Pets can get lost, but the owner does have several resources available to prove the animal belongs to them.
That’s according to Starke County Humane Society Executive Director Shanna Lloyd. She says that if your animal is found by a shelter or an individual, using veterinary records and family photos may be your best choice for seeing the animal returned to you.
“Sometimes just from records alone you’re not able to distinguish if the markings are listed generically such as, let’s say, tan or white,” says Lloyd. “What that might mean. So photographs, absolutely, are your best source of information to provide to a shelter or to provide to an individual that might have your animal.”
The Starke County Humane Society says they have had to put their detective hats on in certain cases to determine who might be the true owner of a pet.
The Pulaski Animal Center is working to identify the owner of “Jasmine,” a three to five year old Mastiff who was found last Friday in the Pulaski area. She was described by one board member as underweight with ticks on her fur. Five separate individuals have laid claim to the dog, forming a difficult task for volunteers at the shelter.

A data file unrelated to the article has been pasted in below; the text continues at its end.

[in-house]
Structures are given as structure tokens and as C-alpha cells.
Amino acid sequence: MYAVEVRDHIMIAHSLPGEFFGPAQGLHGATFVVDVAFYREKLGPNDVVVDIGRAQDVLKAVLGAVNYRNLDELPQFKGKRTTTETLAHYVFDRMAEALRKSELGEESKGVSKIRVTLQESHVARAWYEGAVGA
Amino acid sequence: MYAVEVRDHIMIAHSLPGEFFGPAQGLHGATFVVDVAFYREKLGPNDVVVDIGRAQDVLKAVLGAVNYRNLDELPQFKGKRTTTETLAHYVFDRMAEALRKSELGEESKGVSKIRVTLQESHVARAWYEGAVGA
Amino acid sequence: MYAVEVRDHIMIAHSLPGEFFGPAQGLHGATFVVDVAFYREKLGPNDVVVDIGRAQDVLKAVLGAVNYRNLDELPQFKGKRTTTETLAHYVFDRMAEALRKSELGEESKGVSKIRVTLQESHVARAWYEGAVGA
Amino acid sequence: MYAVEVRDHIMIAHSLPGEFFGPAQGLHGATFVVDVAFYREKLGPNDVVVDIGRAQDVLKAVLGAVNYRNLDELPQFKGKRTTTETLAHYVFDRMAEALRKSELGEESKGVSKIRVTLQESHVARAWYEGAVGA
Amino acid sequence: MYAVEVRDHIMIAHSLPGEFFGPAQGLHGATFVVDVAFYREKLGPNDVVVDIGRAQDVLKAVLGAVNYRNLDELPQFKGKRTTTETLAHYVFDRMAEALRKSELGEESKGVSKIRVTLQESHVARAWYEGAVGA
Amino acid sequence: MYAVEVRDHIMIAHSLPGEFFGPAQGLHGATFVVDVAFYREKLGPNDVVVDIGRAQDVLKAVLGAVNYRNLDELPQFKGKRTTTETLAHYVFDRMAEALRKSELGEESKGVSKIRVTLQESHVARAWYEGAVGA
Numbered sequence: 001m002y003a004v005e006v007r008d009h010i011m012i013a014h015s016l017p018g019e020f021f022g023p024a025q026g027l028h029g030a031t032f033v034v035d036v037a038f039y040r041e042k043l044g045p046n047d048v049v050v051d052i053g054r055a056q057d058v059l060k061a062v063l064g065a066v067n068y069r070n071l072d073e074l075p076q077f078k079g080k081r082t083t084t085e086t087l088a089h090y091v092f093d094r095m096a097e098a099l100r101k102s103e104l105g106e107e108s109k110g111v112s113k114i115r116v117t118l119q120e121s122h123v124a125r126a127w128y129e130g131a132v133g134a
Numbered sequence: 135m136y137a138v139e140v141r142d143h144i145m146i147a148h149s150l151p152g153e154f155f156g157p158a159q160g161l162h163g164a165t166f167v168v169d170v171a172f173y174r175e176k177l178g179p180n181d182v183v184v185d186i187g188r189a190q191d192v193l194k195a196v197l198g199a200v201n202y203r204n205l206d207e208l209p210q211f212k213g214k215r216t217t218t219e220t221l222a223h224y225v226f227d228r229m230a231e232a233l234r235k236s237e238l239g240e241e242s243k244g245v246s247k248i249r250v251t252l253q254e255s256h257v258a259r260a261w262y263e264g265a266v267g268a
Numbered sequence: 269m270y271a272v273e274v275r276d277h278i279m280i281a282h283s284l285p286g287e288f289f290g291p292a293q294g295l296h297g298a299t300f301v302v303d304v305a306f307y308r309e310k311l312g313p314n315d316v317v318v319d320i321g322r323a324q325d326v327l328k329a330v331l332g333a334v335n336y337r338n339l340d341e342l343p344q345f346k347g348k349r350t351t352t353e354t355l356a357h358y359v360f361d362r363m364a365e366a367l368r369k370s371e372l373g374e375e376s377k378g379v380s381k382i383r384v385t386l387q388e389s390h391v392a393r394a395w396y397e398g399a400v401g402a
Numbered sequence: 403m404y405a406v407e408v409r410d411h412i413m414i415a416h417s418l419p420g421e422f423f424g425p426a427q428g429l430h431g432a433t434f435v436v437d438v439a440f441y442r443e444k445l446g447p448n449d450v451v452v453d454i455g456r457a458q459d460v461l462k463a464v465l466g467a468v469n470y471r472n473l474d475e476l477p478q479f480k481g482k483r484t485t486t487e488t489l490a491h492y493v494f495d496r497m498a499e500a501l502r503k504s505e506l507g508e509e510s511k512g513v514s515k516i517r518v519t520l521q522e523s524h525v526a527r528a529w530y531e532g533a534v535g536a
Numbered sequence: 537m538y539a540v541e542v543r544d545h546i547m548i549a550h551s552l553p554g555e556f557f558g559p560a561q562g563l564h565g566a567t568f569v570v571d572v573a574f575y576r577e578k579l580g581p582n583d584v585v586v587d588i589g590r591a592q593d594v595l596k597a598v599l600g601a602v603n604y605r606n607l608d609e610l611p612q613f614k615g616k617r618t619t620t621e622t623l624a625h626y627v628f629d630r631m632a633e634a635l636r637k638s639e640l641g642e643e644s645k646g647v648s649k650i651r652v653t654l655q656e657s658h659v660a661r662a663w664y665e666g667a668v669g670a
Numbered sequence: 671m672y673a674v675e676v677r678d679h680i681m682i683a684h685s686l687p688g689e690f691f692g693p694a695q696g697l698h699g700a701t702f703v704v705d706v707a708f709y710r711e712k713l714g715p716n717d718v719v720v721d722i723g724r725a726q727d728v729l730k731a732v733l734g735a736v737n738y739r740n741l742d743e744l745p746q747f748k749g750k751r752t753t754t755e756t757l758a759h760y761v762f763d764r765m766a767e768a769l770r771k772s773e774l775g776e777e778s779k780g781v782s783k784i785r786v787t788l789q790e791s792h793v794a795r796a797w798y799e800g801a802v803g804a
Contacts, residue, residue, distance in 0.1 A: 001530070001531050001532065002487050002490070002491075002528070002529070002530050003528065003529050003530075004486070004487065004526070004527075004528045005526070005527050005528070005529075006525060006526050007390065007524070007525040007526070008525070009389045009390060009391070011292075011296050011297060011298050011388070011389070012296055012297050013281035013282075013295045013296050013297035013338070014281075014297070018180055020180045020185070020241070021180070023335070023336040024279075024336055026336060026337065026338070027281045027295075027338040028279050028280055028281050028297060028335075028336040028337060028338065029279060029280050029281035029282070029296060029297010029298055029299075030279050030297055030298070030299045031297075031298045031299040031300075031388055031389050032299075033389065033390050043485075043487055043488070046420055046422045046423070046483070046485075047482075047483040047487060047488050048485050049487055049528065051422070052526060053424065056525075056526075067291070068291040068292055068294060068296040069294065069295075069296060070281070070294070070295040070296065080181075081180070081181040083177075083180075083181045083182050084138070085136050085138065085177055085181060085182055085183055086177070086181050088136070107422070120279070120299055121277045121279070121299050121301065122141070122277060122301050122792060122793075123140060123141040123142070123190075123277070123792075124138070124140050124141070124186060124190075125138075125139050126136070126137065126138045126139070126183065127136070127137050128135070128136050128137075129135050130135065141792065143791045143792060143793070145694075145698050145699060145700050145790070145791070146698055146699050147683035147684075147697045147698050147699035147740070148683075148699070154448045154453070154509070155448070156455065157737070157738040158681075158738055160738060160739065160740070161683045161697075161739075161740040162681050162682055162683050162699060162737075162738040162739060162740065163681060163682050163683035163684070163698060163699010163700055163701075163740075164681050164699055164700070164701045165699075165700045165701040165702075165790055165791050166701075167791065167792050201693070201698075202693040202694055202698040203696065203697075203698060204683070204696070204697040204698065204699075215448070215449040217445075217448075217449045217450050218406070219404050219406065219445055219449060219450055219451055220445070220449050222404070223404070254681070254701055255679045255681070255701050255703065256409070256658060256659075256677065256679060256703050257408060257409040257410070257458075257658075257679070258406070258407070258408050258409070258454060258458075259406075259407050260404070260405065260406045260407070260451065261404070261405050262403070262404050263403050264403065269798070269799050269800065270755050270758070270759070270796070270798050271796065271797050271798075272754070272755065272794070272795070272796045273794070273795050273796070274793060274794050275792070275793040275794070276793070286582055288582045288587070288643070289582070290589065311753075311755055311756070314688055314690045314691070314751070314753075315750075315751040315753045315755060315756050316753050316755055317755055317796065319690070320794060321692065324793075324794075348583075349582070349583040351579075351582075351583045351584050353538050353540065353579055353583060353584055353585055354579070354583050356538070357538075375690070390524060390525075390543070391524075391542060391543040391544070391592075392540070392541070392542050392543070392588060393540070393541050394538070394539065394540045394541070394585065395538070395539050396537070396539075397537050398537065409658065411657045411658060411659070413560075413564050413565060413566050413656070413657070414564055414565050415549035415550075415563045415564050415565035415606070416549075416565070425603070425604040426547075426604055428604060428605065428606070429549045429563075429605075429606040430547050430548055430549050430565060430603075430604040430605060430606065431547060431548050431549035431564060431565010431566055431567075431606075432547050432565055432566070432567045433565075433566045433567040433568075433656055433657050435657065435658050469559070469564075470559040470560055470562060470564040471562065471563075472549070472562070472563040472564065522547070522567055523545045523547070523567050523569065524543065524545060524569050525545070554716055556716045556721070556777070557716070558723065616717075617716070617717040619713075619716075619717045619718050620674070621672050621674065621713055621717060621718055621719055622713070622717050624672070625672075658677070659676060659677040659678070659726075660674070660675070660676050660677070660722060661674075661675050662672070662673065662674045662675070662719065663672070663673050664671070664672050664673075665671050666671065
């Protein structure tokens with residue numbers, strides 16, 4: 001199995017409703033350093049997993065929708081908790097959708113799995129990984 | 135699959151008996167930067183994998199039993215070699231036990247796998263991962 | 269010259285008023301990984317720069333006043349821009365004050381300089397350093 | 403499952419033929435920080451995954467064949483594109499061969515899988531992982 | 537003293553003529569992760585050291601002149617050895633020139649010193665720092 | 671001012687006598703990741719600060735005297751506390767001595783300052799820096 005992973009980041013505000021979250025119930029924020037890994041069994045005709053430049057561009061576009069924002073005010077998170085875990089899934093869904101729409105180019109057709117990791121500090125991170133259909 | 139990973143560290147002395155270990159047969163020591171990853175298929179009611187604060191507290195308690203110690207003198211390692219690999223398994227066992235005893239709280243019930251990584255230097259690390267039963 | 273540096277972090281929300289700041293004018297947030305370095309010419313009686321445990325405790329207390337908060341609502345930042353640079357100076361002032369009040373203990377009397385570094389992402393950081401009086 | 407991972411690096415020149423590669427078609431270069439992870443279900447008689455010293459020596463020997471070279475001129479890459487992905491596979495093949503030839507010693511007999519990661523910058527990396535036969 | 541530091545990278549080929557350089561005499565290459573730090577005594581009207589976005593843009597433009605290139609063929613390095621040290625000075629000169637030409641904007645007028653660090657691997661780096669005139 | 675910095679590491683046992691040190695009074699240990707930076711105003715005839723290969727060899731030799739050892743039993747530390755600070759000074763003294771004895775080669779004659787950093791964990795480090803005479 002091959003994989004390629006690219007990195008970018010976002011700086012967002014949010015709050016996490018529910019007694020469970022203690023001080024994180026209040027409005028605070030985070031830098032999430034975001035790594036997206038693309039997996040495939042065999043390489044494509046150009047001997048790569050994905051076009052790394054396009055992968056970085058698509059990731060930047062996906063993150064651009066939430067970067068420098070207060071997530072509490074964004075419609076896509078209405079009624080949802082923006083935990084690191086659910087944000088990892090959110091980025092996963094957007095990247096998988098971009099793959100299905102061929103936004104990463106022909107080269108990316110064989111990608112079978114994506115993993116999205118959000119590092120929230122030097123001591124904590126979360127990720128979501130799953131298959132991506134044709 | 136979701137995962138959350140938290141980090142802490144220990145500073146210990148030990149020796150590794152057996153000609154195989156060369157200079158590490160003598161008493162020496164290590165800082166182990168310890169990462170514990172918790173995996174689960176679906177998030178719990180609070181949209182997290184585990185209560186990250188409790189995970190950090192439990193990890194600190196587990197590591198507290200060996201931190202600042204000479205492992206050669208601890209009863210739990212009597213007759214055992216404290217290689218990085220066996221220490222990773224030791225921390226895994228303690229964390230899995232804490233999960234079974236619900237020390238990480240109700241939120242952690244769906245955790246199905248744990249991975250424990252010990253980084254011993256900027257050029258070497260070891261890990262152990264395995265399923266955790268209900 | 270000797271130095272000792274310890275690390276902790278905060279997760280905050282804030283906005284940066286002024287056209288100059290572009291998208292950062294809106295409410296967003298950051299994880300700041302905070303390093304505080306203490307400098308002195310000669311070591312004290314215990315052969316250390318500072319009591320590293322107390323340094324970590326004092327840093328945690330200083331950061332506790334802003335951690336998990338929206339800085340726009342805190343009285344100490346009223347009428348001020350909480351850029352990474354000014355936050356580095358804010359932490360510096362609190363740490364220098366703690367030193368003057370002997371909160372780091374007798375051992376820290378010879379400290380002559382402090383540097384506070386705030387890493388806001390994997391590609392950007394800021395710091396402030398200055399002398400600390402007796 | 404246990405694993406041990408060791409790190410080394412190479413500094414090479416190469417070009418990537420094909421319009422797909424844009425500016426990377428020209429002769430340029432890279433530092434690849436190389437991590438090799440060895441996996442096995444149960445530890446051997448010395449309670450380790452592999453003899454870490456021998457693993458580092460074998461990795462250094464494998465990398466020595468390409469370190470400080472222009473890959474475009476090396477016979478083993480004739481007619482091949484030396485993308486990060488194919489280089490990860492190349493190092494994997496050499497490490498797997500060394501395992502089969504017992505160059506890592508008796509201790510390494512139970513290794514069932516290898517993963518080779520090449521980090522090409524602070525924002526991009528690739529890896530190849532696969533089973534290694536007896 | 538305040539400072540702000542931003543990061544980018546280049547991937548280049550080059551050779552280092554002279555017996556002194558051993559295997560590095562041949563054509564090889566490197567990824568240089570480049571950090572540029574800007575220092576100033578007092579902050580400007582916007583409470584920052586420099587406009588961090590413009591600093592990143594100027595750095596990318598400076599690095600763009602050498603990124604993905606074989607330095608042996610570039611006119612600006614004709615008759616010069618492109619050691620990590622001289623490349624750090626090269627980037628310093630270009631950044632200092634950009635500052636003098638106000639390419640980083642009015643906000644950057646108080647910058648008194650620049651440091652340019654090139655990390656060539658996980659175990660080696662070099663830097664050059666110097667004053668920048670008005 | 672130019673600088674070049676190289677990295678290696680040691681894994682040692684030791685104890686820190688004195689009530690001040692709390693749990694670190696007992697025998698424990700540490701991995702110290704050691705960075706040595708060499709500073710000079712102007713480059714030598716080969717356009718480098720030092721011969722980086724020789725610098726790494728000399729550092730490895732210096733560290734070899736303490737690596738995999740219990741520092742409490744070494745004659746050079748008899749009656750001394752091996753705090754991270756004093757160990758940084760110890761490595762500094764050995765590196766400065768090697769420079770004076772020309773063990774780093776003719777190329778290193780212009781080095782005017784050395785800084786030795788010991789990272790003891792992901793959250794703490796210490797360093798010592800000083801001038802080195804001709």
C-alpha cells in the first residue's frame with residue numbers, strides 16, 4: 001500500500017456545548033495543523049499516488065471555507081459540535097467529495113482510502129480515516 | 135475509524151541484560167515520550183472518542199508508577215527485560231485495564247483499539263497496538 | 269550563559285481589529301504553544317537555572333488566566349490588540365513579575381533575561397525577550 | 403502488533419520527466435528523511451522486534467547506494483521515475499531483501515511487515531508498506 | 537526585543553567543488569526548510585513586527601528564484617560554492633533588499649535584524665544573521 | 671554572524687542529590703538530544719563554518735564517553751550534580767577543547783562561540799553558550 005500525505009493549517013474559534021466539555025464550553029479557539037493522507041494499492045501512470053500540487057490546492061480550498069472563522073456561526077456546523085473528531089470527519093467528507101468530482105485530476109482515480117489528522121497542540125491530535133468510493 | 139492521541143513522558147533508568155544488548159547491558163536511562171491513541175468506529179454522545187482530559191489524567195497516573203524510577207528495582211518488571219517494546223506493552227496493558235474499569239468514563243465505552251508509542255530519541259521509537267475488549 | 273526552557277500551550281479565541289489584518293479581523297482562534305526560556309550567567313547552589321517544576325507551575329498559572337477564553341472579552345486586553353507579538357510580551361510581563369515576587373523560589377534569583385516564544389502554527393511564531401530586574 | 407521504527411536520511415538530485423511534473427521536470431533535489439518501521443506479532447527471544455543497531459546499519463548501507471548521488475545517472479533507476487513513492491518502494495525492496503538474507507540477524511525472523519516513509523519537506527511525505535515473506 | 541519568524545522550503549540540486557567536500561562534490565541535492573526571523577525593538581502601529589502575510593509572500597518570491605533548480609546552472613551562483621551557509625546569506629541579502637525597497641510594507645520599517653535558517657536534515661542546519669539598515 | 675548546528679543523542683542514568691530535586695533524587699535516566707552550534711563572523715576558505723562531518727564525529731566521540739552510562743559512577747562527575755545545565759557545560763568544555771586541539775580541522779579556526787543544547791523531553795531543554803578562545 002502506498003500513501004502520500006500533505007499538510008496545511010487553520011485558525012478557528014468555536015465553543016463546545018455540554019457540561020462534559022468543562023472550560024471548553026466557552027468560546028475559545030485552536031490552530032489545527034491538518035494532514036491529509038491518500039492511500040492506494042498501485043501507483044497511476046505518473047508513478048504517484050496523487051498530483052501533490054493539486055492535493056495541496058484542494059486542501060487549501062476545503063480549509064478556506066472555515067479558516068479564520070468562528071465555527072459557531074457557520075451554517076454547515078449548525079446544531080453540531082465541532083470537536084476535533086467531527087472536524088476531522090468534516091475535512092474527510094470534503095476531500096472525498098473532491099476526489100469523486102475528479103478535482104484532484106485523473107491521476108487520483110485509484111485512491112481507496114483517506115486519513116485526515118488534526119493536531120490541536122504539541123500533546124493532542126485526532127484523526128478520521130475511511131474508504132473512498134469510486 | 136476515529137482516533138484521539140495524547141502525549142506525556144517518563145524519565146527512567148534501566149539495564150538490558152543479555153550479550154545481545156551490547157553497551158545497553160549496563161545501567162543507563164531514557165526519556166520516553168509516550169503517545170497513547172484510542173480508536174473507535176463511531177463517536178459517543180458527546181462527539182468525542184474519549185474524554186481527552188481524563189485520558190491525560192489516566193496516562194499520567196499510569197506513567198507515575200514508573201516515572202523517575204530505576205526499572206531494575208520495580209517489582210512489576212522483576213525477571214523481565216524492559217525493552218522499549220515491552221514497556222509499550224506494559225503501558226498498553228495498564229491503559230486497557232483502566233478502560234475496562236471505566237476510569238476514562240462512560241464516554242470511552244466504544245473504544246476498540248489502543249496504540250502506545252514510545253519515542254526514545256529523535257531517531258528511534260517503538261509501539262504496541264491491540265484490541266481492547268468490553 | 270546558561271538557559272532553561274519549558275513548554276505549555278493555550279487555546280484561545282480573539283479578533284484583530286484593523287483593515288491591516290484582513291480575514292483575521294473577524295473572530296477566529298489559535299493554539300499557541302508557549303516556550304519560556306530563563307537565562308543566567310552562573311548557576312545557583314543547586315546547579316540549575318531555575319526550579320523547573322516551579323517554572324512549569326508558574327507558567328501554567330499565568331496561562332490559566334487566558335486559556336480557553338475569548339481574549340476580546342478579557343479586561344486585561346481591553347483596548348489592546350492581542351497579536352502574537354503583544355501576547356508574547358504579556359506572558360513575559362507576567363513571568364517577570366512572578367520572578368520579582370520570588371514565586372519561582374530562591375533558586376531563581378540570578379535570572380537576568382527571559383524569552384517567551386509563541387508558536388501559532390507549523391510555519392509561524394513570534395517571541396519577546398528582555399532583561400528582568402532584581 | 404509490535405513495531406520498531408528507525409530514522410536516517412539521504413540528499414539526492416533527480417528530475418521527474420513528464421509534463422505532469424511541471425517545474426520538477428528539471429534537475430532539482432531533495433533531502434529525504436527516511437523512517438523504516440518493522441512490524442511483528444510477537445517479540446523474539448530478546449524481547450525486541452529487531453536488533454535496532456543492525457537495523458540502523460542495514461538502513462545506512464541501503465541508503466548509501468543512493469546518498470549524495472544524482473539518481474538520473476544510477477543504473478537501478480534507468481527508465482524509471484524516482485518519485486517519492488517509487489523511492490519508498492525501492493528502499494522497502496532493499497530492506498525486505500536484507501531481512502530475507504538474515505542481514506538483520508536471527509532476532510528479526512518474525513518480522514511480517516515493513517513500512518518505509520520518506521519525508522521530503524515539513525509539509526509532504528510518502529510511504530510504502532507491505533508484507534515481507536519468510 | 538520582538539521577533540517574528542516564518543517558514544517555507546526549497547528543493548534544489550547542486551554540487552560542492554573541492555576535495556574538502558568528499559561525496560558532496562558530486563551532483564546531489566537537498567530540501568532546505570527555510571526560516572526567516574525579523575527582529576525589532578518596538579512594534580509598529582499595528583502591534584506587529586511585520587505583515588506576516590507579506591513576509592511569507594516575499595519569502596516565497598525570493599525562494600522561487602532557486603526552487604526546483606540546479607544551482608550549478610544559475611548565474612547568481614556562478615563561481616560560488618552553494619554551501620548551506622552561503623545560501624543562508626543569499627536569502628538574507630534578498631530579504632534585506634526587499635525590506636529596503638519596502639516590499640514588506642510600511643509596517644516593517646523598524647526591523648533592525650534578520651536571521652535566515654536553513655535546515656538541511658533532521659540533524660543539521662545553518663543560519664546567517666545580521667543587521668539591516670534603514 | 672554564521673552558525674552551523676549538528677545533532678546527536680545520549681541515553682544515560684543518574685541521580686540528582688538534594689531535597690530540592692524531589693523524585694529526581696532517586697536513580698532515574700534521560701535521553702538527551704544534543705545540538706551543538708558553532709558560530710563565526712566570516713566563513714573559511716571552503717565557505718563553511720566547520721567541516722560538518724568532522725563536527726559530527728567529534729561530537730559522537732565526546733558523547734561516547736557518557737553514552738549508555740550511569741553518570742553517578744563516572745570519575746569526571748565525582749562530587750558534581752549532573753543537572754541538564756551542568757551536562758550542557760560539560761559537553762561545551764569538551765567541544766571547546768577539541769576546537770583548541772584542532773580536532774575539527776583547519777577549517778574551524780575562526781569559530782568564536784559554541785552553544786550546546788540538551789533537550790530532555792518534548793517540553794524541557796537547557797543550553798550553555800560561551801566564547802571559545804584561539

If confirmation cannot be obtained through photographic evidence or other documentation, the Starke County Humane Society will many times conduct an interview to sort out the facts. Ultimately, ownership of the dog may be left to the discretion of the courts.
Lloyd says one of the surest ways to avoid a dispute is micro-chipping your animals.
“It’s a low cost method of ensuring that this animal is registered back to you, but the most critical thing is to know that when your animal is micro-chipped that is was actually registered,” says Lloyd.
Registering the microchip will ensure that proper information is able to be obtained about the owner. If an identifying number comes up without a name, Lloyd says it is not particularly useful.
“Jasmine” is being held at PAC until the animal is nursed back to health. Once that has taken place over the coming weeks, volunteers say they will begin the process for determining the owner.